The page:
Cricket: Battling Brittin destroys Danes: Women's World Cup opens with massive English victory while debate at Lord's concerns methods employed by counties to gain a result

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The Independent Online
England 286-3; Denmark 47

England win by 239 runs

TO ENGLISH ears, the sound of a crowd cheering its lungs out for the opposition is sweet indeed. Sympathy for the underdog being one of the more admirable national traits, Denmark received their full share in the heart of the Surrey stockbroker belt yesterday as Janette Brittin and Carole Hodges spurred the hosts to a resounding victory in their opening fixture in the Women's World Cup.

For the Danes, a collection of students and secretaries making their debut in the competition, it was all too easy to identify with King Canute as they strove to stem the tide of English superiority. Brittin, England's most experienced player and a local to boot, scored a measured 104 to pave the way for a record England total in the 60-over format.

Whereupon Denmark slumped to 10 for 5, recovered to reach 46 without further alarm, then lost their last five wickets for one run as Hodges's off-breaks completed the annihilation with a hat-trick. No fewer then seven Danish players made ducks.

None of this, mind, was in the least bit surprising. The Danish Women's Cricket Association was formed in 1976 and when it originally attempted to join the International Women's Cricket Association, England vetoed the application on the grounds that there were no all-women teams. Even now there are just seven, leaving the national selectors a mere 150 practitioners to choose from.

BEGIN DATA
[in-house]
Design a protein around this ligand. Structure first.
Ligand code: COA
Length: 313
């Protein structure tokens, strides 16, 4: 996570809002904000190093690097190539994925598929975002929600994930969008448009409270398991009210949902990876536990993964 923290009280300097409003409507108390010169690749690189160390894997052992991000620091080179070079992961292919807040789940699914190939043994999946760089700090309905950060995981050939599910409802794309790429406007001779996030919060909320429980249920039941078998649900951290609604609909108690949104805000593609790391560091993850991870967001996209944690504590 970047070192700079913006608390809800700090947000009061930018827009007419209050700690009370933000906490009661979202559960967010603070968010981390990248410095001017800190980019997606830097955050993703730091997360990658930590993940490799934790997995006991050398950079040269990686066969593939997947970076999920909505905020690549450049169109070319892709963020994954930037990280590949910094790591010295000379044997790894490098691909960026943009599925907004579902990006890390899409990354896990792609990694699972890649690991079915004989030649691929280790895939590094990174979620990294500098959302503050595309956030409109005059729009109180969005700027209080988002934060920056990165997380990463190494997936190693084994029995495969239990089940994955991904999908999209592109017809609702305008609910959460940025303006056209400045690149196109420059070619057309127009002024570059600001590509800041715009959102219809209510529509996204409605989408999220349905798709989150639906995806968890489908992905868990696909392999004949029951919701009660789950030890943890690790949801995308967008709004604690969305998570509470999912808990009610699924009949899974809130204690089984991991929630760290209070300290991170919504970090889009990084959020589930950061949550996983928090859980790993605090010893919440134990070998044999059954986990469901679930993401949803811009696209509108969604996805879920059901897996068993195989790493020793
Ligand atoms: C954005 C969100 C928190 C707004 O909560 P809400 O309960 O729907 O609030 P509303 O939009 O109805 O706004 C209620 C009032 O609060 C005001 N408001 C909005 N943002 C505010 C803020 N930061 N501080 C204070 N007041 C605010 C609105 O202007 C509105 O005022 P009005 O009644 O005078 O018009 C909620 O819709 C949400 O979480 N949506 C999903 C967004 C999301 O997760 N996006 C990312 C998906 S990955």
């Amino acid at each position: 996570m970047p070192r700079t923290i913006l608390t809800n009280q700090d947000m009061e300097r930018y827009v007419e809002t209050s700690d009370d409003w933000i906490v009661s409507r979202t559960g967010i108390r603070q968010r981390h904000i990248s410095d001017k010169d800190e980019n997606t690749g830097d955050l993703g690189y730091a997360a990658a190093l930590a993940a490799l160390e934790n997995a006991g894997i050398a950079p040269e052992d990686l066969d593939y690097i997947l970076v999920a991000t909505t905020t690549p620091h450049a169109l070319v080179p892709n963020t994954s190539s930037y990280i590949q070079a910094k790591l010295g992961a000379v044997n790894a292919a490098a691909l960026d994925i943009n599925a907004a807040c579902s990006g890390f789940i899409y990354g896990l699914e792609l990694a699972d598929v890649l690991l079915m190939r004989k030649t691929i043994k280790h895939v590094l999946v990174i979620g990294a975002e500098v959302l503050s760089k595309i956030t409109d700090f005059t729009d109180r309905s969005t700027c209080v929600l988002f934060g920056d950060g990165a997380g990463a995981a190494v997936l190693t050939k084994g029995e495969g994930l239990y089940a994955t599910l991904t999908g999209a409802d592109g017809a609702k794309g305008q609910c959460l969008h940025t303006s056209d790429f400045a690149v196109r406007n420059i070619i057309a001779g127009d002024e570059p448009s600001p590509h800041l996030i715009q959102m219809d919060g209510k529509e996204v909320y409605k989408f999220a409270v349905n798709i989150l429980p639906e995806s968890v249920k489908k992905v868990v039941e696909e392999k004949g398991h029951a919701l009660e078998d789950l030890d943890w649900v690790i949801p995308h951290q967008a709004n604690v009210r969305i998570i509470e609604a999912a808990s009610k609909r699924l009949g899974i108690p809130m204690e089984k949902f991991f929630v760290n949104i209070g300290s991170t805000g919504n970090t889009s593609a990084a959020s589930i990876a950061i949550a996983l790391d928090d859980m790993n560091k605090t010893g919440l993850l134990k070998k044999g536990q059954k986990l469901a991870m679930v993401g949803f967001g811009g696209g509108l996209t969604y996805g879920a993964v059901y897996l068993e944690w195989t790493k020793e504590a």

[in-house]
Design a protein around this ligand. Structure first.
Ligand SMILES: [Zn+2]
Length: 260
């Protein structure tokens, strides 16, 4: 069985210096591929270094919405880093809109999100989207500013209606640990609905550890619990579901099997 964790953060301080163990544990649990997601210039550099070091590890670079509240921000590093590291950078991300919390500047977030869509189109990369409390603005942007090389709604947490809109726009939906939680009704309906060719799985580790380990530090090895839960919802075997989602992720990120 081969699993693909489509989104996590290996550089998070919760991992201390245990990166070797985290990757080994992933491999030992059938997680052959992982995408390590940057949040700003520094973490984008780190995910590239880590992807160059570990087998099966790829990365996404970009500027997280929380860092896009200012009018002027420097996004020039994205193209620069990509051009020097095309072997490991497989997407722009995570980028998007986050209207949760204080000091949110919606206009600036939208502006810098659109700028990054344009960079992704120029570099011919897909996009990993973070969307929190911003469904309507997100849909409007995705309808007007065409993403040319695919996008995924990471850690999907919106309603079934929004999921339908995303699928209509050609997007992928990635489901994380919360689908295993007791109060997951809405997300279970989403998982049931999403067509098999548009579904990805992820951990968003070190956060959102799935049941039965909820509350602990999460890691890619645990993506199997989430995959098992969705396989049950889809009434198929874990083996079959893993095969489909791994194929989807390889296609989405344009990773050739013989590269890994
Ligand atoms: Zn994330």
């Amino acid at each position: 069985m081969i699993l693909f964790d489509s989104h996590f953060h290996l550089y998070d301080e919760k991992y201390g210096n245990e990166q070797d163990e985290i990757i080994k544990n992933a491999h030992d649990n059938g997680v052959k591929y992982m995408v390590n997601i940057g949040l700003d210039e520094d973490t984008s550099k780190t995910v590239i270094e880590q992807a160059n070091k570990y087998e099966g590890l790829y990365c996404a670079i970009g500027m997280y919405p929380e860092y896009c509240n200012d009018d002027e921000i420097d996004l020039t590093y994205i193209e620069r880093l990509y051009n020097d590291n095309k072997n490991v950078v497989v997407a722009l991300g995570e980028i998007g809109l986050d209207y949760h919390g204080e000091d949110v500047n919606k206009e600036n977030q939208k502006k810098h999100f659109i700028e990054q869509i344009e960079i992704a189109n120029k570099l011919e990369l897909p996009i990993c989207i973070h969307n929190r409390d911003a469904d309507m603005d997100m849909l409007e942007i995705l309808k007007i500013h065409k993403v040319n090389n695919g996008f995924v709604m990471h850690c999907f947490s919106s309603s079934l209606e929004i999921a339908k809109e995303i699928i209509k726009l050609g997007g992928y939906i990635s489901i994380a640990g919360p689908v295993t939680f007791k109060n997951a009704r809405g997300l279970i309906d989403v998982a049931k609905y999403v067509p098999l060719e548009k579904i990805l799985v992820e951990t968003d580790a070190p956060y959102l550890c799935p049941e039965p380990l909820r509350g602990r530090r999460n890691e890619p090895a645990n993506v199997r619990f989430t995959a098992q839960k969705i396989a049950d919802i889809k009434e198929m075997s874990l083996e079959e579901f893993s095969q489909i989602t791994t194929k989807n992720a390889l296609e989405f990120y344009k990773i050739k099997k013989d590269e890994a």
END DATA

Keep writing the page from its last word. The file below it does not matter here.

Although the Danes have elected to wear flannels rather than the more traditional culottes favoured by England, they certainly have an old-fashioned notion of decorum. After Barbara Daniels and Jo Chamberlain had walloped 34 runs from the last 16 balls of the England innings, the fielders huddled in midwicket to applaud the batsmen - or batspersons, as the public address announcer repeatedly, if erroneously, insisted - all the way back to the dressing-room.

Later, when Debbie Maybury flung herself at second slip to bring off a stupendous one-handed catch inches from the turf, the incredulous victim, Janni Jonsson, threw both arms up in askance.

Would this be the cue for the tournament's first imbroglio? Not at all. Maybury indicated that it was a clean take and Jonsson, the Danish captain, set the perfect example by giving her the thumbs-up as she trudged away.

The Danish decision to field first had been greeted sceptically in some quarters, being interpreted as a ruse merely to extend the match beyond lunch.

Their coach, Eruk Juul Lassen, denied this by explaining, somewhat obliquely, that 'we didn't want to lie back from the beginning' and citing the triumph of his country's national football during last year's European Championship as a source of inspiration. 'You never know,' he added, eyes twinkling.

However, once Brittin and her more adventurous fellow opener, Helen Plimmer, had enjoyed a stand of 147 for the first wicket, we knew all too well.

Clare 'Romper' Taylor, a burly Yorkshire lass who also turns out as sweeper for the England women's football team, struck four times in her first five overs, prompting the 300-strong throng to switch allegiances.

There is nothing an Englishman likes better than a good loser, especially when the opposition, for once, are the experts.

Scoreboard, page 33

(Photograph omitted)

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